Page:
Why do dogs’ eyes seem to glow in the dark?

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Dogs’ eyes seem to glow in the dark because they possess a reflective layer, called a Tapetum Lucidum, which acts like a mirror, reflecting light. When light enters the eye, it is captured by photoreceptors that send information to the brain. In dogs, if light isn’t initially absorbed by a photoreceptor, it bounces off the Tapetum Lucidum and enters the eye again for another shot at being received.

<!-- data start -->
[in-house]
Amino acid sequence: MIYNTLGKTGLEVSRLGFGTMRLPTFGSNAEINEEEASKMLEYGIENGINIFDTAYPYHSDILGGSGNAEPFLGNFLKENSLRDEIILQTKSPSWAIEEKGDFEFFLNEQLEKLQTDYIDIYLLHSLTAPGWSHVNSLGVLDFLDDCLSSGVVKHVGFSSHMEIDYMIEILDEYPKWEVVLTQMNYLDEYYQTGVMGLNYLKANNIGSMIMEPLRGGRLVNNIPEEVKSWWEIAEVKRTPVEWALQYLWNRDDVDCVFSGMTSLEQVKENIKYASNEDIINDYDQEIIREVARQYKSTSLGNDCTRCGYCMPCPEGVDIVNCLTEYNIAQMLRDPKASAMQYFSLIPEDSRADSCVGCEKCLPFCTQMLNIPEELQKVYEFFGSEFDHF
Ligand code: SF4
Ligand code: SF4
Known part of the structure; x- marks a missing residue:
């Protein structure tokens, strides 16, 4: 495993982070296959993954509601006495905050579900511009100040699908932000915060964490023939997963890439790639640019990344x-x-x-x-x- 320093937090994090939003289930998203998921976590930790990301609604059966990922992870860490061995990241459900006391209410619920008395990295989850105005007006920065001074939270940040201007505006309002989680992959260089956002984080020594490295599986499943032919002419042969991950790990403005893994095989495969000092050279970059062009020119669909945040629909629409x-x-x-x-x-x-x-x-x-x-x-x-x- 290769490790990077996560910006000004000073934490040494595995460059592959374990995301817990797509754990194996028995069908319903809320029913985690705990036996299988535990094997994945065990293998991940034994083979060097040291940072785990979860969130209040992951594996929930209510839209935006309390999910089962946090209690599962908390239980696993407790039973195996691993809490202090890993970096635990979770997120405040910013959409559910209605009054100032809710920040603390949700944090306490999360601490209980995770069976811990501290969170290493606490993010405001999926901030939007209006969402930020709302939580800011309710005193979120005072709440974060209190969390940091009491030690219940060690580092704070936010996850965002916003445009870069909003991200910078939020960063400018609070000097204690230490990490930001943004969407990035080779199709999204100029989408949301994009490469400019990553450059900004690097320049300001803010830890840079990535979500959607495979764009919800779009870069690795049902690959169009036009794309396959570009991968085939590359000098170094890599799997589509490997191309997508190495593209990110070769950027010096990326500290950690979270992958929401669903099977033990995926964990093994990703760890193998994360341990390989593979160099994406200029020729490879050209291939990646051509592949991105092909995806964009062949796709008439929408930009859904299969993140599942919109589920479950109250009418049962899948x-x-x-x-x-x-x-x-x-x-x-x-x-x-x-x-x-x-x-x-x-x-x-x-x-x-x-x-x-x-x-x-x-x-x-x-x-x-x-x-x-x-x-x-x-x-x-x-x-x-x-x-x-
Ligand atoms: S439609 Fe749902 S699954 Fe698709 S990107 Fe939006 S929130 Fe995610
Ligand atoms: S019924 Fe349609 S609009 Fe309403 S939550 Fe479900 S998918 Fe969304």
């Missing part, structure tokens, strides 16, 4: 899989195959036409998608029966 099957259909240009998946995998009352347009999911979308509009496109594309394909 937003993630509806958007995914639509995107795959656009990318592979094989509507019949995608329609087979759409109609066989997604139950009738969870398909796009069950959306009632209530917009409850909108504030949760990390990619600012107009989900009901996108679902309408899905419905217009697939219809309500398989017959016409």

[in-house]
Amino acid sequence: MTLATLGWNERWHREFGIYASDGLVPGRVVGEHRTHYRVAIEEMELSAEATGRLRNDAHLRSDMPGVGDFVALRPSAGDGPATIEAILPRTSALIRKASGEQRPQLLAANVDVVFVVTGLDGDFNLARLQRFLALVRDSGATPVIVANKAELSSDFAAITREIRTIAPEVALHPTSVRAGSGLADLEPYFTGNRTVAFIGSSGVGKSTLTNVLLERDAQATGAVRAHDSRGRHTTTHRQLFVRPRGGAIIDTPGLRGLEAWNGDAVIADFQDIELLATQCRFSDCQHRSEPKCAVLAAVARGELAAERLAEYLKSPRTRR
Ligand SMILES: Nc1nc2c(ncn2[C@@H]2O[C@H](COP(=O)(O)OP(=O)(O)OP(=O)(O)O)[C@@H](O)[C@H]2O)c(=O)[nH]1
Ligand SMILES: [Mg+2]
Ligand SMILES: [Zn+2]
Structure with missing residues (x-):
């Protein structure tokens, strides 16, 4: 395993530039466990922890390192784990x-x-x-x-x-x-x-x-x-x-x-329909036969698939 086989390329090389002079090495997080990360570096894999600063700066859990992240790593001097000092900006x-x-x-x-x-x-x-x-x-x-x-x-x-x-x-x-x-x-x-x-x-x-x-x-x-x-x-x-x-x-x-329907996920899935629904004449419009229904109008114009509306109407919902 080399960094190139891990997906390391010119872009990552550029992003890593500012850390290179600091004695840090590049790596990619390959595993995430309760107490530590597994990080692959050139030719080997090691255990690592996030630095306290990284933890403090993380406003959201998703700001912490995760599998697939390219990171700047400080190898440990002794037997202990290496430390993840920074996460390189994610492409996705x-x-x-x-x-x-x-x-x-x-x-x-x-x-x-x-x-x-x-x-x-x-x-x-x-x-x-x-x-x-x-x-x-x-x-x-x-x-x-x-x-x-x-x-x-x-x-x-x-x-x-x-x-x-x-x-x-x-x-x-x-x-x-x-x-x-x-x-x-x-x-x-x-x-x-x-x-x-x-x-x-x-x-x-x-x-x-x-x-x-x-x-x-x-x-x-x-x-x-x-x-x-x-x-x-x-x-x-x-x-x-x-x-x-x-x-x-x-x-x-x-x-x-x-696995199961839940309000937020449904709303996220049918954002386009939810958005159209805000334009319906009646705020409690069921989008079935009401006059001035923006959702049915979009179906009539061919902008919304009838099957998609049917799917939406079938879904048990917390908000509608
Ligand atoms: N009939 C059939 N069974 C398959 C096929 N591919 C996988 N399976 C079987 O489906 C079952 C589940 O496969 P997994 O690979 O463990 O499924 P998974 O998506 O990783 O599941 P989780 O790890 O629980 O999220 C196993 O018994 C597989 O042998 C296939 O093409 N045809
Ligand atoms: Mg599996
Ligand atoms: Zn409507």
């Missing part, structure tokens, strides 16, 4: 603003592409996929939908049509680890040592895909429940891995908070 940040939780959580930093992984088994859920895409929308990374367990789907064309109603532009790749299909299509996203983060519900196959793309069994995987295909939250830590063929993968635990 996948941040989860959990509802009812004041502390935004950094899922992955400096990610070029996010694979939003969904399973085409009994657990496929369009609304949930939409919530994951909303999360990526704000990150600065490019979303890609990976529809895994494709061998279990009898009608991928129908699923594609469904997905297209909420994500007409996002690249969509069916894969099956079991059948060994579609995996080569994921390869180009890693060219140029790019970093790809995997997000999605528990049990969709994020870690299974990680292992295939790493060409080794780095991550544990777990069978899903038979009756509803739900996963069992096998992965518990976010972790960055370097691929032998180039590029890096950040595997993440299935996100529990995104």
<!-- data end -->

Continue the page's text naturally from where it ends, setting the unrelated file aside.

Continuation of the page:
Depending on the amount of pigment in the retina, different shades of glowing light will be seen when looking at a dog’s eyes at night. Some dogs have pigments that allow for the Tapetum Lucidum to appear turquoise or blue in the dark, while others’ will look yellow or red.

The presence of the Tapetum Lucidum allows dogs to see extremely well in dim light, because light has a better chance at entering the eye than without the reflective layer. Additional animals that possess the Tapetum Lucidum include horses, cattle, cats and deer.

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